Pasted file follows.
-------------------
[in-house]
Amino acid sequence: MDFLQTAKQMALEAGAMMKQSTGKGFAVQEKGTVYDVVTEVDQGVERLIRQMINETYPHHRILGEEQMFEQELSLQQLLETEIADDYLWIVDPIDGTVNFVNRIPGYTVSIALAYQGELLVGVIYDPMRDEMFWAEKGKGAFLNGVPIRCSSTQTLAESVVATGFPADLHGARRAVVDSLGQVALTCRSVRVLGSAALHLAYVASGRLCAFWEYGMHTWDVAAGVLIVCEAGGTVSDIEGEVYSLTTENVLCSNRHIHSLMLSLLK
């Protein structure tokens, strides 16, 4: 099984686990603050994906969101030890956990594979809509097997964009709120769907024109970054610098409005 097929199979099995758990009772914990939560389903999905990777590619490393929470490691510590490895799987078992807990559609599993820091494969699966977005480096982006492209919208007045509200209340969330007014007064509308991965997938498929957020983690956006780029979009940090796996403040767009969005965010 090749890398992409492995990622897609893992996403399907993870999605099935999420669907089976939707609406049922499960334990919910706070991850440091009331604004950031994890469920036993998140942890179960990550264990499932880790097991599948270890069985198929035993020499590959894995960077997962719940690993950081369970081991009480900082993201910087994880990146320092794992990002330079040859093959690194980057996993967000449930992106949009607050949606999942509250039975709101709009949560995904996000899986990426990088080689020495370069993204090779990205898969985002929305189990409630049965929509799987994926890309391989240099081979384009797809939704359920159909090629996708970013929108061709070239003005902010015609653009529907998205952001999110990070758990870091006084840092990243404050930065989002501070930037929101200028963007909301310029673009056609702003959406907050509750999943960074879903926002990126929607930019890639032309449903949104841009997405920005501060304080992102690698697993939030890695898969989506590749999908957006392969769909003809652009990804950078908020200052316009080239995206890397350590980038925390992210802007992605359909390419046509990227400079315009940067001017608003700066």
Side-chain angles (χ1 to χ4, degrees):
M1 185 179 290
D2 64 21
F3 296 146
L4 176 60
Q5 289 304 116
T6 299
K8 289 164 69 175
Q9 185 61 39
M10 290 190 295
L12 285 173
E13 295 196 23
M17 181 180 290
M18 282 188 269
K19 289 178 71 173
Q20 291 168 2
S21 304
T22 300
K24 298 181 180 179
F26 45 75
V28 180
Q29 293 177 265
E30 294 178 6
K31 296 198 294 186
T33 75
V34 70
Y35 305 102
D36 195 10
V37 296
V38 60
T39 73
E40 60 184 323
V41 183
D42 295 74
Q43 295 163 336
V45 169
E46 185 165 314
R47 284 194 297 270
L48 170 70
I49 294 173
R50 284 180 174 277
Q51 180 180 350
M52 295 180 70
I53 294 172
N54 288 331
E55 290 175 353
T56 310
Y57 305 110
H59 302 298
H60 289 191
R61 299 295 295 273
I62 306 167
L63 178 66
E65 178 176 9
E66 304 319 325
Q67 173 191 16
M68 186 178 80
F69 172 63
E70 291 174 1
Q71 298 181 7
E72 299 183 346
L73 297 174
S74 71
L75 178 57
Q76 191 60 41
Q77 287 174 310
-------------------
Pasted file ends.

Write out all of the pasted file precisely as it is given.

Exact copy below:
[in-house]
Amino acid sequence: MDFLQTAKQMALEAGAMMKQSTGKGFAVQEKGTVYDVVTEVDQGVERLIRQMINETYPHHRILGEEQMFEQELSLQQLLETEIADDYLWIVDPIDGTVNFVNRIPGYTVSIALAYQGELLVGVIYDPMRDEMFWAEKGKGAFLNGVPIRCSSTQTLAESVVATGFPADLHGARRAVVDSLGQVALTCRSVRVLGSAALHLAYVASGRLCAFWEYGMHTWDVAAGVLIVCEAGGTVSDIEGEVYSLTTENVLCSNRHIHSLMLSLLK
């Protein structure tokens, strides 16, 4: 099984686990603050994906969101030890956990594979809509097997964009709120769907024109970054610098409005 097929199979099995758990009772914990939560389903999905990777590619490393929470490691510590490895799987078992807990559609599993820091494969699966977005480096982006492209919208007045509200209340969330007014007064509308991965997938498929957020983690956006780029979009940090796996403040767009969005965010 090749890398992409492995990622897609893992996403399907993870999605099935999420669907089976939707609406049922499960334990919910706070991850440091009331604004950031994890469920036993998140942890179960990550264990499932880790097991599948270890069985198929035993020499590959894995960077997962719940690993950081369970081991009480900082993201910087994880990146320092794992990002330079040859093959690194980057996993967000449930992106949009607050949606999942509250039975709101709009949560995904996000899986990426990088080689020495370069993204090779990205898969985002929305189990409630049965929509799987994926890309391989240099081979384009797809939704359920159909090629996708970013929108061709070239003005902010015609653009529907998205952001999110990070758990870091006084840092990243404050930065989002501070930037929101200028963007909301310029673009056609702003959406907050509750999943960074879903926002990126929607930019890639032309449903949104841009997405920005501060304080992102690698697993939030890695898969989506590749999908957006392969769909003809652009990804950078908020200052316009080239995206890397350590980038925390992210802007992605359909390419046509990227400079315009940067001017608003700066």
Side-chain angles (χ1 to χ4, degrees):
M1 185 179 290
D2 64 21
F3 296 146
L4 176 60
Q5 289 304 116
T6 299
K8 289 164 69 175
Q9 185 61 39
M10 290 190 295
L12 285 173
E13 295 196 23
M17 181 180 290
M18 282 188 269
K19 289 178 71 173
Q20 291 168 2
S21 304
T22 300
K24 298 181 180 179
F26 45 75
V28 180
Q29 293 177 265
E30 294 178 6
K31 296 198 294 186
T33 75
V34 70
Y35 305 102
D36 195 10
V37 296
V38 60
T39 73
E40 60 184 323
V41 183
D42 295 74
Q43 295 163 336
V45 169
E46 185 165 314
R47 284 194 297 270
L48 170 70
I49 294 173
R50 284 180 174 277
Q51 180 180 350
M52 295 180 70
I53 294 172
N54 288 331
E55 290 175 353
T56 310
Y57 305 110
H59 302 298
H60 289 191
R61 299 295 295 273
I62 306 167
L63 178 66
E65 178 176 9
E66 304 319 325
Q67 173 191 16
M68 186 178 80
F69 172 63
E70 291 174 1
Q71 298 181 7
E72 299 183 346
L73 297 174
S74 71
L75 178 57
Q76 191 60 41
Q77 287 174 310